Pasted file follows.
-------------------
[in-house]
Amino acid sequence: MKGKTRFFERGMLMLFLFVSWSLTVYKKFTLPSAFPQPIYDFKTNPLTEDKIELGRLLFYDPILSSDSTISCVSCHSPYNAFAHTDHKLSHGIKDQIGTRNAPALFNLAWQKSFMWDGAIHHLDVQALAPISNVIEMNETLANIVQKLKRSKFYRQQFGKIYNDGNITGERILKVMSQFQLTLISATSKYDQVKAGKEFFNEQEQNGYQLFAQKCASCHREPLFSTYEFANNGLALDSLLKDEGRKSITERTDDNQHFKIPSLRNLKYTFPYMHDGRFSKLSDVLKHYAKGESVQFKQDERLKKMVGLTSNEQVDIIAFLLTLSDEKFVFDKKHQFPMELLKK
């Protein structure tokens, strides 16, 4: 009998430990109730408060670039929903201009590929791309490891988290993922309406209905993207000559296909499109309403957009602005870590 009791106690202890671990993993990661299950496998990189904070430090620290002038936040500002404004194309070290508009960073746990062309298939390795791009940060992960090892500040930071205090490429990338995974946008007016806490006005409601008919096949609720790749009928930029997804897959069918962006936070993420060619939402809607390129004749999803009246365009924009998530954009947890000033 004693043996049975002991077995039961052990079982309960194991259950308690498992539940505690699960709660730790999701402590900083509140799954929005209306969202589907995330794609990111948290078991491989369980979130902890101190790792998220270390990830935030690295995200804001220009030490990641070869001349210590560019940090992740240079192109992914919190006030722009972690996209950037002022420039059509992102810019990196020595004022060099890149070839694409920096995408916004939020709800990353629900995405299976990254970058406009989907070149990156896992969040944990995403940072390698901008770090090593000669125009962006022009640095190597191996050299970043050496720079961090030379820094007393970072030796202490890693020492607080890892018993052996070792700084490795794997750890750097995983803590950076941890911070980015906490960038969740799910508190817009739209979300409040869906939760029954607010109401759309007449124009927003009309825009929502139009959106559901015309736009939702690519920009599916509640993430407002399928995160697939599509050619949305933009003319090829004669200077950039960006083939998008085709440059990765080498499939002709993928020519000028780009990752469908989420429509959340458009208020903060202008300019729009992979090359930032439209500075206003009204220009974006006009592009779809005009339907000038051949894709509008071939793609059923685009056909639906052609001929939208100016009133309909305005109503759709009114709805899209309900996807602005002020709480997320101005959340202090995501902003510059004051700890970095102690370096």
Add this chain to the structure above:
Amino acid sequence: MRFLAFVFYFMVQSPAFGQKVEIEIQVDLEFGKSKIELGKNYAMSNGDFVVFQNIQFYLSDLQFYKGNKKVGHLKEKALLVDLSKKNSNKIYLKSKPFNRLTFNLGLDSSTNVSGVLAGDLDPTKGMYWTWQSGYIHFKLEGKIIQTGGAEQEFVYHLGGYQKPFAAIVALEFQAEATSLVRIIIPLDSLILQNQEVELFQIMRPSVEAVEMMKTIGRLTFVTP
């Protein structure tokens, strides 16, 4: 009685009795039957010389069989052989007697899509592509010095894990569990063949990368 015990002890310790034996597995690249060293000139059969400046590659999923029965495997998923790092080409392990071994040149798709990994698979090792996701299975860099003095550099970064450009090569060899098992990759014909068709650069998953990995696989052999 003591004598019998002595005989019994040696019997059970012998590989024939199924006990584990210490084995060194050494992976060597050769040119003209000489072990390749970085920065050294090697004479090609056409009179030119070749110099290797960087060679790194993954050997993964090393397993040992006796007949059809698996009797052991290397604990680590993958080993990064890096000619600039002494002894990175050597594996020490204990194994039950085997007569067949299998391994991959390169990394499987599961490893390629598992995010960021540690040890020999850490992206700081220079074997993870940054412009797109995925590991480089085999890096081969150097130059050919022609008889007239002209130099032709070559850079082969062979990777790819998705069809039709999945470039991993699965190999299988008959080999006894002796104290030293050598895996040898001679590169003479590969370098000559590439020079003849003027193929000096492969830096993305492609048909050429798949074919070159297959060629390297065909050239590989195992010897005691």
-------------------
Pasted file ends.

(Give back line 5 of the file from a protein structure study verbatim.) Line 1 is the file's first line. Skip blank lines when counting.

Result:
Amino acid sequence: MRFLAFVFYFMVQSPAFGQKVEIEIQVDLEFGKSKIELGKNYAMSNGDFVVFQNIQFYLSDLQFYKGNKKVGHLKEKALLVDLSKKNSNKIYLKSKPFNRLTFNLGLDSSTNVSGVLAGDLDPTKGMYWTWQSGYIHFKLEGKIIQTGGAEQEFVYHLGGYQKPFAAIVALEFQAEATSLVRIIIPLDSLILQNQEVELFQIMRPSVEAVEMMKTIGRLTFVTP